Comparative study of therapeutic antibody candidates derived from mini-pool and clonal cell lines

Authors


Correspondence concerning this article should be addressed to: L. Fan at lianchun.fan@bms.com.

Abstract

The long journey of developing a drug from initial discovery target identification to regulatory approval often leaves many patients with missed window of opportunities. Both regulatory agencies and biopharmaceutical industry continue to develop creative approaches to shorten the time of new drug development in order to deliver life-saving medicine to patients. Generally, drug substance materials to support the toxicology and early phase clinical study can only be manufactured after creating the final Master Cell Bank (MCB) of the clonally derived cell line, which normally takes 1–2 years. With recent advances in cell line development, cell culture process and analytical technologies, generating more homogeneous bulk/mini-pool population with higher productivity and acceptable quality attributes has become a norm, thereby making it possible to shorten the timeline to initiate First in Human (FIH) trial by using bulk/mini-pool generated materials to support toxicology and FIH studies. In this study, two monoclonal antibodies of different subclasses (IgG1 and IgG4) were expressed from the mini-pool cells as well as clonally derived cell lines generated from the same mini-pool. Cell growth, productivity, and product quality were compared between the materials generated from the mini-pool and clonally derived cell line. The results demonstrate the similarity of the antibody products generated from mini-pool cells and clonally derived cell lines from the same mini-pool, and strongly support the concept and feasibility of using antibody materials produced from mini-pool cultures for toxicology and FIH studies. The strategy to potentially shorten the FIH timeline is discussed. © 2017 American Institute of Chemical Engineers Biotechnol. Prog., 33:1456–1462, 2017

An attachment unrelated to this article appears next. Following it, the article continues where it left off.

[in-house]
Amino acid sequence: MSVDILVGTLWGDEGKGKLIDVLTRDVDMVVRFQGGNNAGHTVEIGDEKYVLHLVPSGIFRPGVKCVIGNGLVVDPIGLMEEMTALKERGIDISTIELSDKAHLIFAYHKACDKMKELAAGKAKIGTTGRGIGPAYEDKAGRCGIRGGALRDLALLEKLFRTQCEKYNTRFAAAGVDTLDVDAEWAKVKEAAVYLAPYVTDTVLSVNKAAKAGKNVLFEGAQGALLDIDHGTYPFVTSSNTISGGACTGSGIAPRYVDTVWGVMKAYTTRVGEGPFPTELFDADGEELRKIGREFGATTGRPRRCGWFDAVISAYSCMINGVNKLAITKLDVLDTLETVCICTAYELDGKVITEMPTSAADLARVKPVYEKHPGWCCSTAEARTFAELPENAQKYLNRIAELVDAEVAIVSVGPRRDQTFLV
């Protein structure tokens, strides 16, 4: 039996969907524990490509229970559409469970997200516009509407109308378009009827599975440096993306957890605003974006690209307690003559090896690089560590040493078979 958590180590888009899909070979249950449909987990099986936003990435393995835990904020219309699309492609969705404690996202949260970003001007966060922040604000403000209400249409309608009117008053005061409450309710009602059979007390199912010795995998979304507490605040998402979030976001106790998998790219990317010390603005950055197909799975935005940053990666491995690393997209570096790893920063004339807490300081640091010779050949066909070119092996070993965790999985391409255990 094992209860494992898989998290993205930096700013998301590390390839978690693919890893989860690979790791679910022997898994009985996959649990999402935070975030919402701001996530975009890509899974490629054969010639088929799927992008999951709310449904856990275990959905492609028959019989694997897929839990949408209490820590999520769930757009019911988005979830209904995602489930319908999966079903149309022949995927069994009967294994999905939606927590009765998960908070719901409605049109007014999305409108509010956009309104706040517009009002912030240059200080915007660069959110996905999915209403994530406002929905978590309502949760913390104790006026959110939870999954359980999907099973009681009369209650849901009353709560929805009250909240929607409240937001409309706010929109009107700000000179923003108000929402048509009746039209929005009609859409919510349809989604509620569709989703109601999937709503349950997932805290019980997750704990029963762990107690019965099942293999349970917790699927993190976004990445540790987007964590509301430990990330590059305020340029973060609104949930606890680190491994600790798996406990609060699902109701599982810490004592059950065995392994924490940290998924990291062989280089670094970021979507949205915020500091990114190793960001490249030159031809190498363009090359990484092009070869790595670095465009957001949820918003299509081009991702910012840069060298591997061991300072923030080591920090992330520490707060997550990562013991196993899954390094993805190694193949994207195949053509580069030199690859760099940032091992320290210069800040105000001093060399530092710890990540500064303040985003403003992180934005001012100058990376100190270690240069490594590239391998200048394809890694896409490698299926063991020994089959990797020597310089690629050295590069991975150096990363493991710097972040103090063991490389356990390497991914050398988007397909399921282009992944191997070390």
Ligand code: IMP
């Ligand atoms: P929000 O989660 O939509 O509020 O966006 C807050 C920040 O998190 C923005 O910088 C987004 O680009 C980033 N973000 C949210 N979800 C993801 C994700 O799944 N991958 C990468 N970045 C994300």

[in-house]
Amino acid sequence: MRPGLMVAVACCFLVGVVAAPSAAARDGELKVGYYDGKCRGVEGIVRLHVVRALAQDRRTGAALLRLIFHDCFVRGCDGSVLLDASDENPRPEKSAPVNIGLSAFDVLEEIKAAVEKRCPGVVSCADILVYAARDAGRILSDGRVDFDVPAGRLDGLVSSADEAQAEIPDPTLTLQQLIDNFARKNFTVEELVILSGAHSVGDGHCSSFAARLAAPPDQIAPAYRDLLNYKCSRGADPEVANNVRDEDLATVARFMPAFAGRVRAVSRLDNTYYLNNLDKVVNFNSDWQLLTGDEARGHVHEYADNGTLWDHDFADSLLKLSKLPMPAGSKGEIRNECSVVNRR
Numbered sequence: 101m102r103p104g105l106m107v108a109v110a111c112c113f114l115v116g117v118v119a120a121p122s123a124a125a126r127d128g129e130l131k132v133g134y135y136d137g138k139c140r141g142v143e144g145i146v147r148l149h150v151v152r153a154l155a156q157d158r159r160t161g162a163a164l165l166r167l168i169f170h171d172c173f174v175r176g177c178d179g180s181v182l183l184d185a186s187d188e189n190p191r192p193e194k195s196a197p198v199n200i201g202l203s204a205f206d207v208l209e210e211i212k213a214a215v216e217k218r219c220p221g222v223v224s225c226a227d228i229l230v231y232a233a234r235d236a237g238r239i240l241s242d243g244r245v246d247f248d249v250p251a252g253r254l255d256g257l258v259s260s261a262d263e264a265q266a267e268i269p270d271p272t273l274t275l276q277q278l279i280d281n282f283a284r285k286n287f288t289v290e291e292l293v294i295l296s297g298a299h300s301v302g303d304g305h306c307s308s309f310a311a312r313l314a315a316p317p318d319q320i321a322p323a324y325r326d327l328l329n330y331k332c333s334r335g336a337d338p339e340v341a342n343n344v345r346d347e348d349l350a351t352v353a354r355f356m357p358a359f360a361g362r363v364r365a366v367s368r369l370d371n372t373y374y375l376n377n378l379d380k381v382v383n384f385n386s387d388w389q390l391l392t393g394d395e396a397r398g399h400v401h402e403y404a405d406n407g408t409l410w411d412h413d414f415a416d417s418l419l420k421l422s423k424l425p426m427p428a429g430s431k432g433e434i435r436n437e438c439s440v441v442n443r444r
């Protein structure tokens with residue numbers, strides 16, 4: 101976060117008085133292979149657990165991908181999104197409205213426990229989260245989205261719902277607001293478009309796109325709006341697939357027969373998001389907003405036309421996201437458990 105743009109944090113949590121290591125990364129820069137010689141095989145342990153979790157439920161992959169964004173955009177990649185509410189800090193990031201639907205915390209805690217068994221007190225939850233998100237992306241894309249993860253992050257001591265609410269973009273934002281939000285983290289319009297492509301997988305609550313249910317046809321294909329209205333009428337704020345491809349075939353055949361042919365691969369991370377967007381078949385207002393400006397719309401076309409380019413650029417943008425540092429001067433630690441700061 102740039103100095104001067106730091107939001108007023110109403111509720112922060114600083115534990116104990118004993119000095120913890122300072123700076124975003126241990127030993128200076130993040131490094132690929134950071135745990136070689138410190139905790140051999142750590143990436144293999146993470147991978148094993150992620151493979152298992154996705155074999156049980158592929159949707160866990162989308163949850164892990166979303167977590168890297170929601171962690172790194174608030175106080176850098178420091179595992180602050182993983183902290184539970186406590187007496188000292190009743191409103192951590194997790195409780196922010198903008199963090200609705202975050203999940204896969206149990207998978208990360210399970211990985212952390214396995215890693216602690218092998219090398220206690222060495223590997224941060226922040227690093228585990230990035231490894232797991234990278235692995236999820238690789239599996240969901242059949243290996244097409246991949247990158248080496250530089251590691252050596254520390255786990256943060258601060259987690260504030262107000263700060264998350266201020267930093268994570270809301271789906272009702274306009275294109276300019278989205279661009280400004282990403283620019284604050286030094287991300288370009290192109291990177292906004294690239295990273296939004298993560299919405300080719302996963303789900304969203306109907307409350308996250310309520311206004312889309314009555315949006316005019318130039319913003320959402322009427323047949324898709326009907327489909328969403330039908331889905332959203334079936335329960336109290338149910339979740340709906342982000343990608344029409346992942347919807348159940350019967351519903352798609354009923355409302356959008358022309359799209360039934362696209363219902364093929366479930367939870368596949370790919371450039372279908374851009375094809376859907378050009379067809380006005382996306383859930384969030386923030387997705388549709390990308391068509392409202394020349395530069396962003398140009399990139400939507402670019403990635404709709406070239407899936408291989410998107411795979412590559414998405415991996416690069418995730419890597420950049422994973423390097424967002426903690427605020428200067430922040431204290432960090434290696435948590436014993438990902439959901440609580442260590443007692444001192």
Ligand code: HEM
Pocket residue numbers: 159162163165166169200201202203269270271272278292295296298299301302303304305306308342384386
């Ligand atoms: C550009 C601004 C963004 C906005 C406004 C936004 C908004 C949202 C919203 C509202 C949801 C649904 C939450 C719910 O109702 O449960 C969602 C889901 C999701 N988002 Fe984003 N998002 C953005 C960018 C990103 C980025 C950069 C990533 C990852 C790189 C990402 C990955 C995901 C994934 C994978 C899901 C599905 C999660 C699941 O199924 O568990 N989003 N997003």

Ancillary